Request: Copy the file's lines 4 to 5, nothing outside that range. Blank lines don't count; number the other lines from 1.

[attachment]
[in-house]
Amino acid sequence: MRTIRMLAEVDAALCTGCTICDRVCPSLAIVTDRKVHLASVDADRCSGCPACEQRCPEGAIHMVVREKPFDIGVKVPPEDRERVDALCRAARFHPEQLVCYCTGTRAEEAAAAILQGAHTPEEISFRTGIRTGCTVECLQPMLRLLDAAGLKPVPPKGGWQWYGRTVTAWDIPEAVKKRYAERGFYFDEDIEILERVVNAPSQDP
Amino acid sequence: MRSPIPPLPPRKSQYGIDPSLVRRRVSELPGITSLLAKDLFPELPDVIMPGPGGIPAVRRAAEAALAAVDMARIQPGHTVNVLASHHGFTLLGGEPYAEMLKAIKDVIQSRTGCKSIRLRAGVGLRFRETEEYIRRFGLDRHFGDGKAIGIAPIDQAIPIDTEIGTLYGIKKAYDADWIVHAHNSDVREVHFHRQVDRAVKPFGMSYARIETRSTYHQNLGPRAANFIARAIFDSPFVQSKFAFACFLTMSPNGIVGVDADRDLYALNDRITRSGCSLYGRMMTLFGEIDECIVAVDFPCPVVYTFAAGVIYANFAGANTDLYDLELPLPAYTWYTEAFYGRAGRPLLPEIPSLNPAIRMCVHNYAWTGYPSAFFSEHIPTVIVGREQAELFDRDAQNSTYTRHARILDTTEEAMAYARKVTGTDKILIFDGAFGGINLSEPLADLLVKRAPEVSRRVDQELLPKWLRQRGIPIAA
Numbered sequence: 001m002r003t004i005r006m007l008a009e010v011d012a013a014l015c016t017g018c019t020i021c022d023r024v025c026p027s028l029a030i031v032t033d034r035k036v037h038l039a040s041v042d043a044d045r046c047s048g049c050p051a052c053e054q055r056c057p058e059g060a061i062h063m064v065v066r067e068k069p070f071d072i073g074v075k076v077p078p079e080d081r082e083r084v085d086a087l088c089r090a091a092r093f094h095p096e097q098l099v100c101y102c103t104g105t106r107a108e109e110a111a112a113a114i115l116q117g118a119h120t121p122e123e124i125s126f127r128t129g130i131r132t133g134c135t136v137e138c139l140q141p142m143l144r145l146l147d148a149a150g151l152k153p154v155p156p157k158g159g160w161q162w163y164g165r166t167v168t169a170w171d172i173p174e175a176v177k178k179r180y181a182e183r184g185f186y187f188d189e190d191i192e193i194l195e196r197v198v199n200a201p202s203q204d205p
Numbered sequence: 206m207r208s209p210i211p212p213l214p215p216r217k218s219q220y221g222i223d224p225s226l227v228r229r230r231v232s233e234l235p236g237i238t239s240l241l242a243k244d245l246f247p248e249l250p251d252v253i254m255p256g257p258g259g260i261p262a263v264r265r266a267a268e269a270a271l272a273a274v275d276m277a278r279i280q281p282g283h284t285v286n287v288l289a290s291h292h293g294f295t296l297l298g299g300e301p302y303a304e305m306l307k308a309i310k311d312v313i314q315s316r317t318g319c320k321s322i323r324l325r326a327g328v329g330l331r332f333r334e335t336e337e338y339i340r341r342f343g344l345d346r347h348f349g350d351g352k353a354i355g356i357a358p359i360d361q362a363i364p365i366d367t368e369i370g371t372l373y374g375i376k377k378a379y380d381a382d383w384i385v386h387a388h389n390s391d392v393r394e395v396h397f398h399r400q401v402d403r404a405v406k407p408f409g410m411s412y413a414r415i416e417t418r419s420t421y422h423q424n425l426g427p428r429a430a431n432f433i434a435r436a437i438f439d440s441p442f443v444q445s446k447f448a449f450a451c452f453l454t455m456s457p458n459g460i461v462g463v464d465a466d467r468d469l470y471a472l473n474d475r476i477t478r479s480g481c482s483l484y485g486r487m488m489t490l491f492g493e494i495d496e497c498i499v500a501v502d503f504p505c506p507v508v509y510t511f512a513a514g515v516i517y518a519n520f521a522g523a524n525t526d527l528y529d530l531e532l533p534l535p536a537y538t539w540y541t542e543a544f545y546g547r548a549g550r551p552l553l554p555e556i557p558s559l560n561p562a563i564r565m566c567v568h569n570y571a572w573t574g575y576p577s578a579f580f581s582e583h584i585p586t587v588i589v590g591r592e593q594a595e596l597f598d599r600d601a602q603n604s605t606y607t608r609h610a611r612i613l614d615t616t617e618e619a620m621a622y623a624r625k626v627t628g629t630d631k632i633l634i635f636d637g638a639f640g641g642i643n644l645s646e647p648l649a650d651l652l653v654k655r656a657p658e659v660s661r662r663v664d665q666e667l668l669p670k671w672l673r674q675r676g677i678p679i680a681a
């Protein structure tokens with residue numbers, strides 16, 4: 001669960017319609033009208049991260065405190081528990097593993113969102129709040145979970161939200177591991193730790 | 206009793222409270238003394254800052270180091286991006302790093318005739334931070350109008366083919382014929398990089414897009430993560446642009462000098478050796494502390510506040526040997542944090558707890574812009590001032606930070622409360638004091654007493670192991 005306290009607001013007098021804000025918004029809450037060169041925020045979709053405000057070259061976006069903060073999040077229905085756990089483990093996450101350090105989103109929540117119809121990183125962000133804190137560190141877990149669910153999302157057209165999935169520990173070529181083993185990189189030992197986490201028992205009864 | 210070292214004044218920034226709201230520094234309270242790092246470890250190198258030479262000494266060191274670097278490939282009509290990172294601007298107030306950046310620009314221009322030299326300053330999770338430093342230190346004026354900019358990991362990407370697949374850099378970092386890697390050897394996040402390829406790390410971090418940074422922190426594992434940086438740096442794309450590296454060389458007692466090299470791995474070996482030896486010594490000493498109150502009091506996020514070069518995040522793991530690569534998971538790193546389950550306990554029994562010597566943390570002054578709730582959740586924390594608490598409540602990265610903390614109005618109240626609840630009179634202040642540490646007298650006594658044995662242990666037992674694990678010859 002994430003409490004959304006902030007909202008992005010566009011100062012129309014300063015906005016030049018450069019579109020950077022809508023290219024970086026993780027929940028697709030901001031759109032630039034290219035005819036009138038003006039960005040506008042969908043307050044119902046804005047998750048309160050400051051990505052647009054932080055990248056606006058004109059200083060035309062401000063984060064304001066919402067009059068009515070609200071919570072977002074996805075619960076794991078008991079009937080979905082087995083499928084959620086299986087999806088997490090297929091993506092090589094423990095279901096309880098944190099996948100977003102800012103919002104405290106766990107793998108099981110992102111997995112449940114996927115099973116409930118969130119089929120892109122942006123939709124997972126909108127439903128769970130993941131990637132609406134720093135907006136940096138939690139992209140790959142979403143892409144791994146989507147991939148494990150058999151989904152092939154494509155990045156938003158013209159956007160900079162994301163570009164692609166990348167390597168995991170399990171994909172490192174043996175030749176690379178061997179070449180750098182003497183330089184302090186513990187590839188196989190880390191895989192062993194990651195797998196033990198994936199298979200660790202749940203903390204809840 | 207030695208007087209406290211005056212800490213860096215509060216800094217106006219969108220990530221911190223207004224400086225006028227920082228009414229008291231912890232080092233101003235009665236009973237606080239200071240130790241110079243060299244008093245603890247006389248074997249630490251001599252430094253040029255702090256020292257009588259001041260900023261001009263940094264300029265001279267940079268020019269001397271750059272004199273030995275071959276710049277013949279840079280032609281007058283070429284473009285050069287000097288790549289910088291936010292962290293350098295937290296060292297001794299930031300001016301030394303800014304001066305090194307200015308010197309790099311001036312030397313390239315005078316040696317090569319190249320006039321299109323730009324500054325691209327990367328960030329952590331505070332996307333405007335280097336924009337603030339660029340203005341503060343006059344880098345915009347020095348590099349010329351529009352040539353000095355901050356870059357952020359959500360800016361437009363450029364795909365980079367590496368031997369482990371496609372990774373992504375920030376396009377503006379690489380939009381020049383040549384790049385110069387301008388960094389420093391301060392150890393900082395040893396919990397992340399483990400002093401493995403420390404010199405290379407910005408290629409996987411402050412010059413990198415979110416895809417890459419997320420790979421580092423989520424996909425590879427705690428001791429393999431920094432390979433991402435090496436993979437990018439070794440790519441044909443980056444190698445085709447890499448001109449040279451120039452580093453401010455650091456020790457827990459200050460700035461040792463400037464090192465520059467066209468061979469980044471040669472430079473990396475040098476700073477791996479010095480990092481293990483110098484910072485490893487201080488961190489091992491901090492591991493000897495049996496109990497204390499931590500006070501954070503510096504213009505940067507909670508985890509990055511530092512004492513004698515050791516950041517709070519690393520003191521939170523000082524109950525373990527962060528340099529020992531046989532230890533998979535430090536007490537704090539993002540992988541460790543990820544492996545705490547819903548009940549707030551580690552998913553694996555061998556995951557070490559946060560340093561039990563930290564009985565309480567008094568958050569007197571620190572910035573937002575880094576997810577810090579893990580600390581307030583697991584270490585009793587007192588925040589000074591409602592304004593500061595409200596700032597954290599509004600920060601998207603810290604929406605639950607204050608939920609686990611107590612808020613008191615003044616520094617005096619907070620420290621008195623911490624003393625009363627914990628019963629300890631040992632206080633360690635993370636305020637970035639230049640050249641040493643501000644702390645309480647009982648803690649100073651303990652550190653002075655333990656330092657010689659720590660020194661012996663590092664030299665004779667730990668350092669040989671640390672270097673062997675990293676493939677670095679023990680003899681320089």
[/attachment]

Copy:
Numbered sequence: 001m002r003t004i005r006m007l008a009e010v011d012a013a014l015c016t017g018c019t020i021c022d023r024v025c026p027s028l029a030i031v032t033d034r035k036v037h038l039a040s041v042d043a044d045r046c047s048g049c050p051a052c053e054q055r056c057p058e059g060a061i062h063m064v065v066r067e068k069p070f071d072i073g074v075k076v077p078p079e080d081r082e083r084v085d086a087l088c089r090a091a092r093f094h095p096e097q098l099v100c101y102c103t104g105t106r107a108e109e110a111a112a113a114i115l116q117g118a119h120t121p122e123e124i125s126f127r128t129g130i131r132t133g134c135t136v137e138c139l140q141p142m143l144r145l146l147d148a149a150g151l152k153p154v155p156p157k158g159g160w161q162w163y164g165r166t167v168t169a170w171d172i173p174e175a176v177k178k179r180y181a182e183r184g185f186y187f188d189e190d191i192e193i194l195e196r197v198v199n200a201p202s203q204d205p
Numbered sequence: 206m207r208s209p210i211p212p213l214p215p216r217k218s219q220y221g222i223d224p225s226l227v228r229r230r231v232s233e234l235p236g237i238t239s240l241l242a243k244d245l246f247p248e249l250p251d252v253i254m255p256g257p258g259g260i261p262a263v264r265r266a267a268e269a270a271l272a273a274v275d276m277a278r279i280q281p282g283h284t285v286n287v288l289a290s291h292h293g294f295t296l297l298g299g300e301p302y303a304e305m306l307k308a309i310k311d312v313i314q315s316r317t318g319c320k321s322i323r324l325r326a327g328v329g330l331r332f333r334e335t336e337e338y339i340r341r342f343g344l345d346r347h348f349g350d351g352k353a354i355g356i357a358p359i360d361q362a363i364p365i366d367t368e369i370g371t372l373y374g375i376k377k378a379y380d381a382d383w384i385v386h387a388h389n390s391d392v393r394e395v396h397f398h399r400q401v402d403r404a405v406k407p408f409g410m411s412y413a414r415i416e417t418r419s420t421y422h423q424n425l426g427p428r429a430a431n432f433i434a435r436a437i438f439d440s441p442f443v444q445s446k447f448a449f450a451c452f453l454t455m456s457p458n459g460i461v462g463v464d465a466d467r468d469l470y471a472l473n474d475r476i477t478r479s480g481c482s483l484y485g486r487m488m489t490l491f492g493e494i495d496e497c498i499v500a501v502d503f504p505c506p507v508v509y510t511f512a513a514g515v516i517y518a519n520f521a522g523a524n525t526d527l528y529d530l531e532l533p534l535p536a537y538t539w540y541t542e543a544f545y546g547r548a549g550r551p552l553l554p555e556i557p558s559l560n561p562a563i564r565m566c567v568h569n570y571a572w573t574g575y576p577s578a579f580f581s582e583h584i585p586t587v588i589v590g591r592e593q594a595e596l597f598d599r600d601a602q603n604s605t606y607t608r609h610a611r612i613l614d615t616t617e618e619a620m621a622y623a624r625k626v627t628g629t630d631k632i633l634i635f636d637g638a639f640g641g642i643n644l645s646e647p648l649a650d651l652l653v654k655r656a657p658e659v660s661r662r663v664d665q666e667l668l669p670k671w672l673r674q675r676g677i678p679i680a681a